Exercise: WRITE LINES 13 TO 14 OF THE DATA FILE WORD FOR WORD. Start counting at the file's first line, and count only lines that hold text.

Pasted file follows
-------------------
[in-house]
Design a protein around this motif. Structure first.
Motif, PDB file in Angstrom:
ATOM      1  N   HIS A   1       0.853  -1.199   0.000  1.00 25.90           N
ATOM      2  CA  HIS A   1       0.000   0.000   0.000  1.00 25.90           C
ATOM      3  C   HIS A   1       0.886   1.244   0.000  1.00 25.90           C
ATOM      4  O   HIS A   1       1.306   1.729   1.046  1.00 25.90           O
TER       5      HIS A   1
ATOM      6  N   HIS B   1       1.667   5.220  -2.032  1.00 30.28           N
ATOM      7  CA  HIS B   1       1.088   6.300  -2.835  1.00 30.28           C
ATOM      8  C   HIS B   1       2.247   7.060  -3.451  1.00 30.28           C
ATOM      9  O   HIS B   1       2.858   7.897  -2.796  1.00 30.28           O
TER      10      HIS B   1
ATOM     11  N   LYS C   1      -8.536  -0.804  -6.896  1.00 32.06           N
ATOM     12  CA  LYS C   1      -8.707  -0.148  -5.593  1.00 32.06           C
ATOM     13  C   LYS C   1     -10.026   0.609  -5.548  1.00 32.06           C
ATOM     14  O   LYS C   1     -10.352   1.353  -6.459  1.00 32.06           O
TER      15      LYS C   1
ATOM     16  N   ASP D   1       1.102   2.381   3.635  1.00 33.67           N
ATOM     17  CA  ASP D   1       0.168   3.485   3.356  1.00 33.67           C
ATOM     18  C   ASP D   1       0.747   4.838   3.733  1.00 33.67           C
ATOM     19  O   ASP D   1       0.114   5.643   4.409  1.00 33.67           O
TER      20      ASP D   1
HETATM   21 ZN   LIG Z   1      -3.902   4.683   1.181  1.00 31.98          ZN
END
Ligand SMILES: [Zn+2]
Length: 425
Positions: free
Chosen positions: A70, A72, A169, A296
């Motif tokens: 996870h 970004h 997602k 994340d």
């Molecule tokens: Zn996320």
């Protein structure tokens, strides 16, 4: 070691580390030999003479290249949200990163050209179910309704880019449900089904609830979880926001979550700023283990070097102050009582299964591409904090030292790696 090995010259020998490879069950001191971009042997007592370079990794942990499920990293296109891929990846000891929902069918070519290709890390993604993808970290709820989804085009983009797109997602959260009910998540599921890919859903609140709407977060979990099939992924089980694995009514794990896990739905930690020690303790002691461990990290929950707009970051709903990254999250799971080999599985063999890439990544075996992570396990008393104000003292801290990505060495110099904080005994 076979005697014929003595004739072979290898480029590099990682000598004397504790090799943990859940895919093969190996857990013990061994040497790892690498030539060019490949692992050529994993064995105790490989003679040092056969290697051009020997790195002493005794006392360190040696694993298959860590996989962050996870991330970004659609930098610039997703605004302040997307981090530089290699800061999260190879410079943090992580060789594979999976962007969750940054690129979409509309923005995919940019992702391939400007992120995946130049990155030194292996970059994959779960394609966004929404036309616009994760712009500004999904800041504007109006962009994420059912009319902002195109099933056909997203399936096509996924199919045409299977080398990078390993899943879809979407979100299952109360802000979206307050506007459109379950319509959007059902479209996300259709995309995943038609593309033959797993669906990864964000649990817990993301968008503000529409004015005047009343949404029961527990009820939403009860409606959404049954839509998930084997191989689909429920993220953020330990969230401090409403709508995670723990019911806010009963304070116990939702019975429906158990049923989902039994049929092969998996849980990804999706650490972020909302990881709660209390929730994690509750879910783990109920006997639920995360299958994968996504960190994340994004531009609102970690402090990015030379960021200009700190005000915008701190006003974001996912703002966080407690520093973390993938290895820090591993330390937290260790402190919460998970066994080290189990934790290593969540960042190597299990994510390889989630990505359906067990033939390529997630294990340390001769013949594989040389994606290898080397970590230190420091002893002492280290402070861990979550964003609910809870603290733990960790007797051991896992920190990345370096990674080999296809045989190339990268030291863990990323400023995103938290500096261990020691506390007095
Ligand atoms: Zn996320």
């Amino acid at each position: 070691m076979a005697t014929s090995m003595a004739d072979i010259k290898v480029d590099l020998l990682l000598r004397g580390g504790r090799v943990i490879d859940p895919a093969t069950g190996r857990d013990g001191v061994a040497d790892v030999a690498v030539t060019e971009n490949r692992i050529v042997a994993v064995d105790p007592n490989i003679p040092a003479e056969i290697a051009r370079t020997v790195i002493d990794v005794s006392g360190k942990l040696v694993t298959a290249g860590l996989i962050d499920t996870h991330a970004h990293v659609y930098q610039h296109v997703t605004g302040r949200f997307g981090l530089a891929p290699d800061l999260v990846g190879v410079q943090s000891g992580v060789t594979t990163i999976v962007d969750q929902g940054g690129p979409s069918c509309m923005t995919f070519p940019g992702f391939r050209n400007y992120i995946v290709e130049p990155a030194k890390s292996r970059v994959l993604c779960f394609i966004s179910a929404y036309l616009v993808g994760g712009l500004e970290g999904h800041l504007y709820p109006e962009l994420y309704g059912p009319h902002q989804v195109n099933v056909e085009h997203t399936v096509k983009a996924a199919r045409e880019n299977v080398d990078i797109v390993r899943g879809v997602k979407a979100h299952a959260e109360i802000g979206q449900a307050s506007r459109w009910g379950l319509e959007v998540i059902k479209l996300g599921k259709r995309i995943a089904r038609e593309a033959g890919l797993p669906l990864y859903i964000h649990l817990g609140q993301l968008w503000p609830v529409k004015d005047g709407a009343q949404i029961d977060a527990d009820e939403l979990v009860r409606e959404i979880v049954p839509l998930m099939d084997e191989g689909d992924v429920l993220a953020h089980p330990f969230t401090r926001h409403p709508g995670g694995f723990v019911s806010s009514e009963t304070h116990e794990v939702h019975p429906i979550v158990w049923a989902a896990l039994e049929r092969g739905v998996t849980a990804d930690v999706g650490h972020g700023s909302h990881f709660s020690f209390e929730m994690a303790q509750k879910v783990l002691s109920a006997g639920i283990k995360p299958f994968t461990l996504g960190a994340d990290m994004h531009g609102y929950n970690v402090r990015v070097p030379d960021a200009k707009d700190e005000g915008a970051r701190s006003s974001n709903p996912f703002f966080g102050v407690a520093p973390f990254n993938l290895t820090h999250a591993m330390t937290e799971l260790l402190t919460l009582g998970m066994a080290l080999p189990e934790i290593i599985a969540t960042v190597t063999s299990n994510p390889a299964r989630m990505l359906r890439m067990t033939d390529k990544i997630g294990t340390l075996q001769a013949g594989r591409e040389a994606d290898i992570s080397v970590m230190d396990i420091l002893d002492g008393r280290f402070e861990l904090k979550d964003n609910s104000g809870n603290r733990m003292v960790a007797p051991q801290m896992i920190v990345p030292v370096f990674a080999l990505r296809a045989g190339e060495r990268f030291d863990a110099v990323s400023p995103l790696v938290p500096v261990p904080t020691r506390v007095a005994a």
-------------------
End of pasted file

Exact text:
TER      10      HIS B   1
ATOM     11  N   LYS C   1      -8.536  -0.804  -6.896  1.00 32.06           N